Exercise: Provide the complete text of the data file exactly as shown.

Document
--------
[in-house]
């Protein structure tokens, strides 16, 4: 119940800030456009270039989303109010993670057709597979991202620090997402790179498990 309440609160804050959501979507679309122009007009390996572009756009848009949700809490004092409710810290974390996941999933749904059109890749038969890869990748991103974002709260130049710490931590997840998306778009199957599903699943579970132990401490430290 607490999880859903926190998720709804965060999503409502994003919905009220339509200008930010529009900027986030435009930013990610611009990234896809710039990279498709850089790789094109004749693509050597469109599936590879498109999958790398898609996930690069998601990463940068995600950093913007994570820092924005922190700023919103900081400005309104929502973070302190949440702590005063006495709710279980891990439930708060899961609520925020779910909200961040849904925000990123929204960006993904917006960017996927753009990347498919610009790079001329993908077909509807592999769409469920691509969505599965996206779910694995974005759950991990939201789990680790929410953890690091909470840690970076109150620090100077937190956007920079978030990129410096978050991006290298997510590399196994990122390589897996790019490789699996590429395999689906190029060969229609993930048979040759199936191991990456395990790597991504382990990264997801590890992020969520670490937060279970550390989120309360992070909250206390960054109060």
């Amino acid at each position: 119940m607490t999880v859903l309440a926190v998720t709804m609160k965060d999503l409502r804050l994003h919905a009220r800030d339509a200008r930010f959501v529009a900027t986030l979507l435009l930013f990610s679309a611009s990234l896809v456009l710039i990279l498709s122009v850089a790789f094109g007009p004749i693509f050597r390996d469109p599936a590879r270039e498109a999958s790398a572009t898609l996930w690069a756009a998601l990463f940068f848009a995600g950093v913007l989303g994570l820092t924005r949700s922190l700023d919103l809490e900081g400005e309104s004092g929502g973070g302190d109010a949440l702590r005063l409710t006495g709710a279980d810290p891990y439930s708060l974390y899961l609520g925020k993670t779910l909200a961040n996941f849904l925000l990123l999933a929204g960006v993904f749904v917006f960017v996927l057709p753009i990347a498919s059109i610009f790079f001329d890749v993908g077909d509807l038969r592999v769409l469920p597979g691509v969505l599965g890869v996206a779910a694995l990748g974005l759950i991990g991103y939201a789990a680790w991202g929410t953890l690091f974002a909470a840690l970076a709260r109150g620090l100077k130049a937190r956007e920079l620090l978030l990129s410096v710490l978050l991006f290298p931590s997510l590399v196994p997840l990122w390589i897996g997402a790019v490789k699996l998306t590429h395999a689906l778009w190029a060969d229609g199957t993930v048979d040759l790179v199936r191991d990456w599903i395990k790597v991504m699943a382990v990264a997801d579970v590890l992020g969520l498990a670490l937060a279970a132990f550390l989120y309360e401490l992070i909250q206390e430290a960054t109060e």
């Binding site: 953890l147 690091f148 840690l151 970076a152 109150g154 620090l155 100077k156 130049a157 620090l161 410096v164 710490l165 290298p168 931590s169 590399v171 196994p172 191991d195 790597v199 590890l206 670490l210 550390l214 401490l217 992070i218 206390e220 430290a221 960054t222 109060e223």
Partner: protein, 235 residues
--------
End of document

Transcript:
[in-house]
């Protein structure tokens, strides 16, 4: 119940800030456009270039989303109010993670057709597979991202620090997402790179498990 309440609160804050959501979507679309122009007009390996572009756009848009949700809490004092409710810290974390996941999933749904059109890749038969890869990748991103974002709260130049710490931590997840998306778009199957599903699943579970132990401490430290 607490999880859903926190998720709804965060999503409502994003919905009220339509200008930010529009900027986030435009930013990610611009990234896809710039990279498709850089790789094109004749693509050597469109599936590879498109999958790398898609996930690069998601990463940068995600950093913007994570820092924005922190700023919103900081400005309104929502973070302190949440702590005063006495709710279980891990439930708060899961609520925020779910909200961040849904925000990123929204960006993904917006960017996927753009990347498919610009790079001329993908077909509807592999769409469920691509969505599965996206779910694995974005759950991990939201789990680790929410953890690091909470840690970076109150620090100077937190956007920079978030990129410096978050991006290298997510590399196994990122390589897996790019490789699996590429395999689906190029060969229609993930048979040759199936191991990456395990790597991504382990990264997801590890992020969520670490937060279970550390989120309360992070909250206390960054109060």
């Amino acid at each position: 119940m607490t999880v859903l309440a926190v998720t709804m609160k965060d999503l409502r804050l994003h919905a009220r800030d339509a200008r930010f959501v529009a900027t986030l979507l435009l930013f990610s679309a611009s990234l896809v456009l710039i990279l498709s122009v850089a790789f094109g007009p004749i693509f050597r390996d469109p599936a590879r270039e498109a999958s790398a572009t898609l996930w690069a756009a998601l990463f940068f848009a995600g950093v913007l989303g994570l820092t924005r949700s922190l700023d919103l809490e900081g400005e309104s004092g929502g973070g302190d109010a949440l702590r005063l409710t006495g709710a279980d810290p891990y439930s708060l974390y899961l609520g925020k993670t779910l909200a961040n996941f849904l925000l990123l999933a929204g960006v993904f749904v917006f960017v996927l057709p753009i990347a498919s059109i610009f790079f001329d890749v993908g077909d509807l038969r592999v769409l469920p597979g691509v969505l599965g890869v996206a779910a694995l990748g974005l759950i991990g991103y939201a789990a680790w991202g929410t953890l690091f974002a909470a840690l970076a709260r109150g620090l100077k130049a937190r956007e920079l620090l978030l990129s410096v710490l978050l991006f290298p931590s997510l590399v196994p997840l990122w390589i897996g997402a790019v490789k699996l998306t590429h395999a689906l778009w190029a060969d229609g199957t993930v048979d040759l790179v199936r191991d990456w599903i395990k790597v991504m699943a382990v990264a997801d579970v590890l992020g969520l498990a670490l937060a279970a132990f550390l989120y309360e401490l992070i909250q206390e430290a960054t109060e």
């Binding site: 953890l147 690091f148 840690l151 970076a152 109150g154 620090l155 100077k156 130049a157 620090l161 410096v164 710490l165 290298p168 931590s169 590399v171 196994p172 191991d195 790597v199 590890l206 670490l210 550390l214 401490l217 992070i218 206390e220 430290a221 960054t222 109060e223």
Partner: protein, 235 residues